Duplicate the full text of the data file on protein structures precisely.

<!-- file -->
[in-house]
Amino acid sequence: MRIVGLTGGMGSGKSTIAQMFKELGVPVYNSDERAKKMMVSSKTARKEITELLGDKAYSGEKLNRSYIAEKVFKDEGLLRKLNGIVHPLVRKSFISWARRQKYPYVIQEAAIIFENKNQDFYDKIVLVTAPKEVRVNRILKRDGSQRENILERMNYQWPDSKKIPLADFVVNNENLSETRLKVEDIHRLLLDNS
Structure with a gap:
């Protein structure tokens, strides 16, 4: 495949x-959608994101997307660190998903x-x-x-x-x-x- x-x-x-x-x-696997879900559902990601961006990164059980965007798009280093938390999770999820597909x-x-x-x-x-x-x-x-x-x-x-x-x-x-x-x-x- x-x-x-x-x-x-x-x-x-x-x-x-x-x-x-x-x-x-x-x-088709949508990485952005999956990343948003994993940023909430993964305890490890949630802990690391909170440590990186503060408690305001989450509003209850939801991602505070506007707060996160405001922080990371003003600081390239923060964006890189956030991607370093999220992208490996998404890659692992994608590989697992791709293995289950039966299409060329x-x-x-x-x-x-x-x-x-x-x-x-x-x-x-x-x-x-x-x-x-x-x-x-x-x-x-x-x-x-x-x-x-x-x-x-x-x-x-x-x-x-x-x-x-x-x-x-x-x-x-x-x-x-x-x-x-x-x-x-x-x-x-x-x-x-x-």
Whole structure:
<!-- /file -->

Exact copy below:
[in-house]
Amino acid sequence: MRIVGLTGGMGSGKSTIAQMFKELGVPVYNSDERAKKMMVSSKTARKEITELLGDKAYSGEKLNRSYIAEKVFKDEGLLRKLNGIVHPLVRKSFISWARRQKYPYVIQEAAIIFENKNQDFYDKIVLVTAPKEVRVNRILKRDGSQRENILERMNYQWPDSKKIPLADFVVNNENLSETRLKVEDIHRLLLDNS
Structure with a gap:
């Protein structure tokens, strides 16, 4: 495949x-959608994101997307660190998903x-x-x-x-x-x- x-x-x-x-x-696997879900559902990601961006990164059980965007798009280093938390999770999820597909x-x-x-x-x-x-x-x-x-x-x-x-x-x-x-x-x- x-x-x-x-x-x-x-x-x-x-x-x-x-x-x-x-x-x-x-x-088709949508990485952005999956990343948003994993940023909430993964305890490890949630802990690391909170440590990186503060408690305001989450509003209850939801991602505070506007707060996160405001922080990371003003600081390239923060964006890189956030991607370093999220992208490996998404890659692992994608590989697992791709293995289950039966299409060329x-x-x-x-x-x-x-x-x-x-x-x-x-x-x-x-x-x-x-x-x-x-x-x-x-x-x-x-x-x-x-x-x-x-x-x-x-x-x-x-x-x-x-x-x-x-x-x-x-x-x-x-x-x-x-x-x-x-x-x-x-x-x-x-x-x-x-």
Whole structure: